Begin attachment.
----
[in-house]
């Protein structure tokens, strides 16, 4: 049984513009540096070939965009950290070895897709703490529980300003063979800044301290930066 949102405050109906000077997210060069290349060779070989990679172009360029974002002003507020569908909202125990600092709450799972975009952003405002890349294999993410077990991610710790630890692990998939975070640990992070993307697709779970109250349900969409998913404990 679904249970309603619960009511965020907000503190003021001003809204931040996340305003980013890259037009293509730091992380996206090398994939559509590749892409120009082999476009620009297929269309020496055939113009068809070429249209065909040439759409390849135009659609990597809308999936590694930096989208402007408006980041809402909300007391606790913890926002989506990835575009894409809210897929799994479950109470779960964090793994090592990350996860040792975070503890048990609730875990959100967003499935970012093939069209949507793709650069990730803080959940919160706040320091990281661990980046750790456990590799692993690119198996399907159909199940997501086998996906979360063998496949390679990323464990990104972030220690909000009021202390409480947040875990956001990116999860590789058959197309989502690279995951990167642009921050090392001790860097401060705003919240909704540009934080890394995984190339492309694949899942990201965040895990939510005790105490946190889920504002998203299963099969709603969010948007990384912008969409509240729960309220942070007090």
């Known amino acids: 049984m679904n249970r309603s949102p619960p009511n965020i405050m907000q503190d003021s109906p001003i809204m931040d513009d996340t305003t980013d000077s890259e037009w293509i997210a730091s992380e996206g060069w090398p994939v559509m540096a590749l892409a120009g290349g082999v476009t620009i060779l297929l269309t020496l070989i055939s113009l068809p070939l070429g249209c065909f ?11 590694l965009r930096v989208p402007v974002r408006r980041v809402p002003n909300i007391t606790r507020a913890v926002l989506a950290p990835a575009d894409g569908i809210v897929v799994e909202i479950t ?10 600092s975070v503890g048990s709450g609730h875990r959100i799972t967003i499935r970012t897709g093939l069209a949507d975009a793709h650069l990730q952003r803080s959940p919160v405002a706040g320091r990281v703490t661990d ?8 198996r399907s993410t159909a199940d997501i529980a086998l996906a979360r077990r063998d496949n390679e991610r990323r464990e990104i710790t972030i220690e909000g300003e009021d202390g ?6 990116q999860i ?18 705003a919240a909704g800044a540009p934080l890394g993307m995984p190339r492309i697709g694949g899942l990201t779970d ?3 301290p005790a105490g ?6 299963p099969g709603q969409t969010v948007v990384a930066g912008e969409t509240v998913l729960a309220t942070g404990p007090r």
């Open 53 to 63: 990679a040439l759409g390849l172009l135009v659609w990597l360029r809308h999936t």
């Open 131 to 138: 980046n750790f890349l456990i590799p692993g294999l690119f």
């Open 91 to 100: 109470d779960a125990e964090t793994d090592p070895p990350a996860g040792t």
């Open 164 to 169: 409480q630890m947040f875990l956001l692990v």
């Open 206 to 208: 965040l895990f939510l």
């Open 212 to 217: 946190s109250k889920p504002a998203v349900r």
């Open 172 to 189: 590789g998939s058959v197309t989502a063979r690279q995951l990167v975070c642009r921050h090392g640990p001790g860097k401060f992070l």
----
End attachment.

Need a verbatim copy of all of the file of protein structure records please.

[in-house]
């Protein structure tokens, strides 16, 4: 049984513009540096070939965009950290070895897709703490529980300003063979800044301290930066 949102405050109906000077997210060069290349060779070989990679172009360029974002002003507020569908909202125990600092709450799972975009952003405002890349294999993410077990991610710790630890692990998939975070640990992070993307697709779970109250349900969409998913404990 679904249970309603619960009511965020907000503190003021001003809204931040996340305003980013890259037009293509730091992380996206090398994939559509590749892409120009082999476009620009297929269309020496055939113009068809070429249209065909040439759409390849135009659609990597809308999936590694930096989208402007408006980041809402909300007391606790913890926002989506990835575009894409809210897929799994479950109470779960964090793994090592990350996860040792975070503890048990609730875990959100967003499935970012093939069209949507793709650069990730803080959940919160706040320091990281661990980046750790456990590799692993690119198996399907159909199940997501086998996906979360063998496949390679990323464990990104972030220690909000009021202390409480947040875990956001990116999860590789058959197309989502690279995951990167642009921050090392001790860097401060705003919240909704540009934080890394995984190339492309694949899942990201965040895990939510005790105490946190889920504002998203299963099969709603969010948007990384912008969409509240729960309220942070007090």
């Known amino acids: 049984m679904n249970r309603s949102p619960p009511n965020i405050m907000q503190d003021s109906p001003i809204m931040d513009d996340t305003t980013d000077s890259e037009w293509i997210a730091s992380e996206g060069w090398p994939v559509m540096a590749l892409a120009g290349g082999v476009t620009i060779l297929l269309t020496l070989i055939s113009l068809p070939l070429g249209c065909f ?11 590694l965009r930096v989208p402007v974002r408006r980041v809402p002003n909300i007391t606790r507020a913890v926002l989506a950290p990835a575009d894409g569908i809210v897929v799994e909202i479950t ?10 600092s975070v503890g048990s709450g609730h875990r959100i799972t967003i499935r970012t897709g093939l069209a949507d975009a793709h650069l990730q952003r803080s959940p919160v405002a706040g320091r990281v703490t661990d ?8 198996r399907s993410t159909a199940d997501i529980a086998l996906a979360r077990r063998d496949n390679e991610r990323r464990e990104i710790t972030i220690e909000g300003e009021d202390g ?6 990116q999860i ?18 705003a919240a909704g800044a540009p934080l890394g993307m995984p190339r492309i697709g694949g899942l990201t779970d ?3 301290p005790a105490g ?6 299963p099969g709603q969409t969010v948007v990384a930066g912008e969409t509240v998913l729960a309220t942070g404990p007090r």
């Open 53 to 63: 990679a040439l759409g390849l172009l135009v659609w990597l360029r809308h999936t």
């Open 131 to 138: 980046n750790f890349l456990i590799p692993g294999l690119f």
């Open 91 to 100: 109470d779960a125990e964090t793994d090592p070895p990350a996860g040792t």
């Open 164 to 169: 409480q630890m947040f875990l956001l692990v």
């Open 206 to 208: 965040l895990f939510l």
């Open 212 to 217: 946190s109250k889920p504002a998203v349900r």
């Open 172 to 189: 590789g998939s058959v197309t989502a063979r690279q995951l990167v975070c642009r921050h090392g640990p001790g860097k401060f992070l």